What triggered me to write this page, you ask? Well, this very site got hacked and spammed all over earlier and yet, I haven’t gone phishing… Instead, I went on to understand the most common threats to web application security and what I can do to reduce the risk of this site being hacked.
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Hacking is an attempt to exploit a computer system or a private network inside a computer. Simply put, it is the unauthorised access to or control over computer network security systems for some illicit purpose. To better describe hacking, one needs to first understand hackers. One can easily assume them to be intelligent and highly skilled in computers. In fact, breaking a security system requires more intelligence and expertise than actually creating one. There are no hard and fast rules whereby we can categorize hackers into neat compartments. However, in general computer parlance, we call them white hats, black hats and grey hats.
- White hat professionals hack to check their own security systems to make it more hack-proof. In most cases, they are part of the same organisation.
- Black hat hackers hack to take control over the system for personal gains. They can destroy, steal or even prevent authorized users from accessing the system. They do this by finding loopholes and weaknesses in the system. Some computer experts call them crackers instead of hackers.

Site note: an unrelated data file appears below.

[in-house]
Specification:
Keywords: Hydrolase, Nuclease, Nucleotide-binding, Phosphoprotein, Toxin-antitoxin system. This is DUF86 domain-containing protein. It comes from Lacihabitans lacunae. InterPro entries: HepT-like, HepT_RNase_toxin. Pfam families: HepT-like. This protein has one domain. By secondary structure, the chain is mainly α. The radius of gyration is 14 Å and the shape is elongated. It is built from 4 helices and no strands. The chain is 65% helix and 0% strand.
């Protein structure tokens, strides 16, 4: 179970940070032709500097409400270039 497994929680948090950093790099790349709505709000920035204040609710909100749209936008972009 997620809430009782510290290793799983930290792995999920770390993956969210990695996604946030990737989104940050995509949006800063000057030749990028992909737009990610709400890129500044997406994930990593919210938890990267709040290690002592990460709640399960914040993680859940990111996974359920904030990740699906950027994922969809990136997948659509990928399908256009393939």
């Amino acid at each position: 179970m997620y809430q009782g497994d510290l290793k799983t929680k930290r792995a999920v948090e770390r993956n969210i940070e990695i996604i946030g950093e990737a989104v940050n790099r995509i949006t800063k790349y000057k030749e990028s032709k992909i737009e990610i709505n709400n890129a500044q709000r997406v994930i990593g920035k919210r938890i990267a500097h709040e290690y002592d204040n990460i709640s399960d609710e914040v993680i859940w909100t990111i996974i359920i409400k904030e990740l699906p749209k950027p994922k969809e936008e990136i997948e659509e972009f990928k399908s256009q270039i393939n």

- Grey hat hackers comprise curious people who have just about enough computer language skills to enable them to hack a system to locate potential loopholes in the network security system.
Grey hats differ from black hats in the sense that the former notify the admin of the network system about the weaknesses discovered in the system, whereas the latter is only looking for personal gains. All kinds of hacking are considered illegal barring the work done by white hat hackers.
Not even the dark web, the hidden part of the Internet, is safe to browse (download Tor if you wanna try). It definitely has more extra-ordinary things than the normal web we browse daily. Be aware: The dark web is also a digital home to criminals, a place for people to sell and buy literally anything. In other words, it’s a place on the Internet, where most of the illegal activities take place. But you already know all this. One thing you may not know is how this dark web works. Are you really anonymous while using this dark web? Or is there a way someone can figure out your identity even on the dark web?
Is SPAM a Monty Python sketch or Stupid, Pointless, Annoying, Malware or even a brand of canned cooked pork? It’s all of the above and more. Spam is any kind of unwanted, unsolicited digital communication, often an email that gets sent out in bulk. Spam is a huge waste of time and resources. The Internet service providers (ISP) carry and store the data. When hackers can’t steal data bandwidth from the ISPs, they steal it from individual users, hacking computers and enslaving them in a zombie botnet.
Software providers invest resources creating email applications that try to filter most of the spam out. Consumers waste time sifting through whatever makes it past the spam filters. According to Oracle Dyn the total cost of spam in terms of productivity, energy and technology adds up to USD 130 billion. It’s an annoying and endless cycle! If there’s an inbox, spammers will find a way to clog it. Spam can also be found on Internet forums, text messages, blog comments, and social media. Email spam, however, is by far the most prevalent and often the most threatening to consumers.